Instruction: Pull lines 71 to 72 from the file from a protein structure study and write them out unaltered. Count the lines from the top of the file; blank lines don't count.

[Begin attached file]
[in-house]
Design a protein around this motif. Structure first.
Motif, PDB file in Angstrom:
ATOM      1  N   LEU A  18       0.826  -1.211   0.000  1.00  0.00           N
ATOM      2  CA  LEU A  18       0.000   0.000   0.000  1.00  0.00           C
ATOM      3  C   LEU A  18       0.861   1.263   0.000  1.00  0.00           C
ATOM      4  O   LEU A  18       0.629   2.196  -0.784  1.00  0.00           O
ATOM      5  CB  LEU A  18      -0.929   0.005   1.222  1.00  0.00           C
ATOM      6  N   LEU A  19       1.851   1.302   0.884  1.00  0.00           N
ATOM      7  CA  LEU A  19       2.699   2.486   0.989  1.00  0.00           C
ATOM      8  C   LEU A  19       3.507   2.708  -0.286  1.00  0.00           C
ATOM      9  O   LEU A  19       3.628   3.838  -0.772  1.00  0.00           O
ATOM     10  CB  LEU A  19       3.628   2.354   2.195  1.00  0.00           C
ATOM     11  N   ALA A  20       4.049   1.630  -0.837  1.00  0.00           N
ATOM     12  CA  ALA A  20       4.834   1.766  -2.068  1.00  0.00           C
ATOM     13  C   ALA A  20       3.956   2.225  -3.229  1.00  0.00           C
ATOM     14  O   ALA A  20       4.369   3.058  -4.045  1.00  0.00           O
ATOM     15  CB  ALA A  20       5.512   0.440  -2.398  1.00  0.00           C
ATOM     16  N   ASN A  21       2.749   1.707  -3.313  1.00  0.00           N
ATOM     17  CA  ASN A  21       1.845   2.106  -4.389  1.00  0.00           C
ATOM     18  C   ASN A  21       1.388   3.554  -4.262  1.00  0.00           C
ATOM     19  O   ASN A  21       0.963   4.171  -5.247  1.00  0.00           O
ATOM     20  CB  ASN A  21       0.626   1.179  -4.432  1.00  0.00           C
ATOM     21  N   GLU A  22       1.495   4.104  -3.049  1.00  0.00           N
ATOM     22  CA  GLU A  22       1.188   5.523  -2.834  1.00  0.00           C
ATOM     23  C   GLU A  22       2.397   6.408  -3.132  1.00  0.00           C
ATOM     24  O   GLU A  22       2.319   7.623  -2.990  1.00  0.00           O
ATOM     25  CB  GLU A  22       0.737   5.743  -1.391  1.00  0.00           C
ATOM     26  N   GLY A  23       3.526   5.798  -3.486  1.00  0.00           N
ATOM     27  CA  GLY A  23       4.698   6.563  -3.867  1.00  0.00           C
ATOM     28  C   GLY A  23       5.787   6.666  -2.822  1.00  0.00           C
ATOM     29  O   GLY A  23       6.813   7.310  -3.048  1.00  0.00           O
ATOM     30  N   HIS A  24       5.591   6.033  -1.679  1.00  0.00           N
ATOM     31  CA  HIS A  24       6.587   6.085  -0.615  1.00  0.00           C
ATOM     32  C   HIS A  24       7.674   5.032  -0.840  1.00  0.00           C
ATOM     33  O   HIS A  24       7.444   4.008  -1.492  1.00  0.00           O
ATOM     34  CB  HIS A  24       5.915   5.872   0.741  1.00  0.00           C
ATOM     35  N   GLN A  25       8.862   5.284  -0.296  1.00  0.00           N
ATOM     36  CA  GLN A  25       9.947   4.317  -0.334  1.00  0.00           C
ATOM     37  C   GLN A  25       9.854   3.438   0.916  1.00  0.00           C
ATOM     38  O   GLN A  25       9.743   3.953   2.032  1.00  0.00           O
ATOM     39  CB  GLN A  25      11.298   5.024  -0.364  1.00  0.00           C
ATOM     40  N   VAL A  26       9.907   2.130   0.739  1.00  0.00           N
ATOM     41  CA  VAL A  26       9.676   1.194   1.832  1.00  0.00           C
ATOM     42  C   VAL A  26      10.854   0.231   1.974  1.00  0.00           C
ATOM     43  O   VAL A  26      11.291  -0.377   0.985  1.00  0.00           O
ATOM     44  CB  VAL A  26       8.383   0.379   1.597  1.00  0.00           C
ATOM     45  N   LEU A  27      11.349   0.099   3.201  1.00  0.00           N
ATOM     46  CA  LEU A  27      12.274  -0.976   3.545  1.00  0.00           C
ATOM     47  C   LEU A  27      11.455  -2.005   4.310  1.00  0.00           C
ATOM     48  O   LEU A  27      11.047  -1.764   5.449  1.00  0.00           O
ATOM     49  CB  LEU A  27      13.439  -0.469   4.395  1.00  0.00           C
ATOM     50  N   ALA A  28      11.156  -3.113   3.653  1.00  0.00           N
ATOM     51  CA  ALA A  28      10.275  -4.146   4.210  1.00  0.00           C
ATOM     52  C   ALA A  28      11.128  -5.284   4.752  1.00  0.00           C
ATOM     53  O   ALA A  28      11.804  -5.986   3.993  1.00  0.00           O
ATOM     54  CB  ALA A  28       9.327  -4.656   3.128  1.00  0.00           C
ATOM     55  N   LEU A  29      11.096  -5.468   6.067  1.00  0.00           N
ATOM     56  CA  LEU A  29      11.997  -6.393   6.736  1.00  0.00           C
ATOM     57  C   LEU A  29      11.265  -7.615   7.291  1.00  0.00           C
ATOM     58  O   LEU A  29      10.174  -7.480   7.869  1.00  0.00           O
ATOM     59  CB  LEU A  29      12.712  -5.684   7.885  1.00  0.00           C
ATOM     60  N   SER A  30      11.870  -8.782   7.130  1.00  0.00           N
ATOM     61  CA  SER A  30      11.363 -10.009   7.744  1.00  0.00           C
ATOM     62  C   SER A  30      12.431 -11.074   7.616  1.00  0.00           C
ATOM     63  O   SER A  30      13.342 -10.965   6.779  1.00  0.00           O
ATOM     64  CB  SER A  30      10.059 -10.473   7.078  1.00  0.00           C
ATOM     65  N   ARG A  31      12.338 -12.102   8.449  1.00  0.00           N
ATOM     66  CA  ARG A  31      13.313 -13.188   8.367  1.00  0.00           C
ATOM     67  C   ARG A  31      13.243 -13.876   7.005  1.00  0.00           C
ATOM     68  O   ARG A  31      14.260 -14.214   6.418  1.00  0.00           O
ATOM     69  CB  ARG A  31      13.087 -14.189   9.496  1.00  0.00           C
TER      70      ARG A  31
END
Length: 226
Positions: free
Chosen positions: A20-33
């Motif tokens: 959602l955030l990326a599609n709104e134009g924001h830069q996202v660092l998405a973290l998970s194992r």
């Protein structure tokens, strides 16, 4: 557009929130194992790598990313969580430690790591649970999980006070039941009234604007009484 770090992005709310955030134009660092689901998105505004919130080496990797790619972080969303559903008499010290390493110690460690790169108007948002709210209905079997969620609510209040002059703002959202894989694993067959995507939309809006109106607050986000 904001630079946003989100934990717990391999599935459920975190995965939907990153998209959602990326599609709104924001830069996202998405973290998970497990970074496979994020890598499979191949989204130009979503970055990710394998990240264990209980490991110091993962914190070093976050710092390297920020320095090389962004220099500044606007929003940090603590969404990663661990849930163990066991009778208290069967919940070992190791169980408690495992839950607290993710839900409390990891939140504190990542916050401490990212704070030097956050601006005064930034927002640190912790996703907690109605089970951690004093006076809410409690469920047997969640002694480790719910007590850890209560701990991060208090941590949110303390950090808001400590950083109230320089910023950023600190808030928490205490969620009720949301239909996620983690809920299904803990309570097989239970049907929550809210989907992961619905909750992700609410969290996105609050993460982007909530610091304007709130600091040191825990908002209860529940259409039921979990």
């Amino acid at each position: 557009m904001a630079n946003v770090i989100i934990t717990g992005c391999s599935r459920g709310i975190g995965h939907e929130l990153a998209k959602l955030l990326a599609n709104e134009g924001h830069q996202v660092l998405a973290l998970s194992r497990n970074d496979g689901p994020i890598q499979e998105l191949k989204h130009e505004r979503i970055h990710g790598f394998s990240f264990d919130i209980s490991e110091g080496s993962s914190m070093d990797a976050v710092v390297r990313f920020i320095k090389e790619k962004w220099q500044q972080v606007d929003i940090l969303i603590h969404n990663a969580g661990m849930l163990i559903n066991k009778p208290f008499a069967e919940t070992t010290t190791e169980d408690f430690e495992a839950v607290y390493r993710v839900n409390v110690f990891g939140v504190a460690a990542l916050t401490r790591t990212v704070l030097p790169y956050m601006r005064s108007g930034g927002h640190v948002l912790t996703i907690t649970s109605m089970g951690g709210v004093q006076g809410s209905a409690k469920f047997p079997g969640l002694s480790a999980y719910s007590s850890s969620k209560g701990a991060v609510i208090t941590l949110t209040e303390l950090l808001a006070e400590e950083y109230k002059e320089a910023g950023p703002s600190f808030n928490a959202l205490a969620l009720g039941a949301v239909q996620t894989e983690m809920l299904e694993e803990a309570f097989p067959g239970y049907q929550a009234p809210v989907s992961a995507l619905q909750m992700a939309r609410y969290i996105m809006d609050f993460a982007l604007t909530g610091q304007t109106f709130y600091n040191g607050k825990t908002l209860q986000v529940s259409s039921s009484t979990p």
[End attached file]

ATOM     68  O   ARG A  31      14.260 -14.214   6.418  1.00  0.00           O
ATOM     69  CB  ARG A  31      13.087 -14.189   9.496  1.00  0.00           C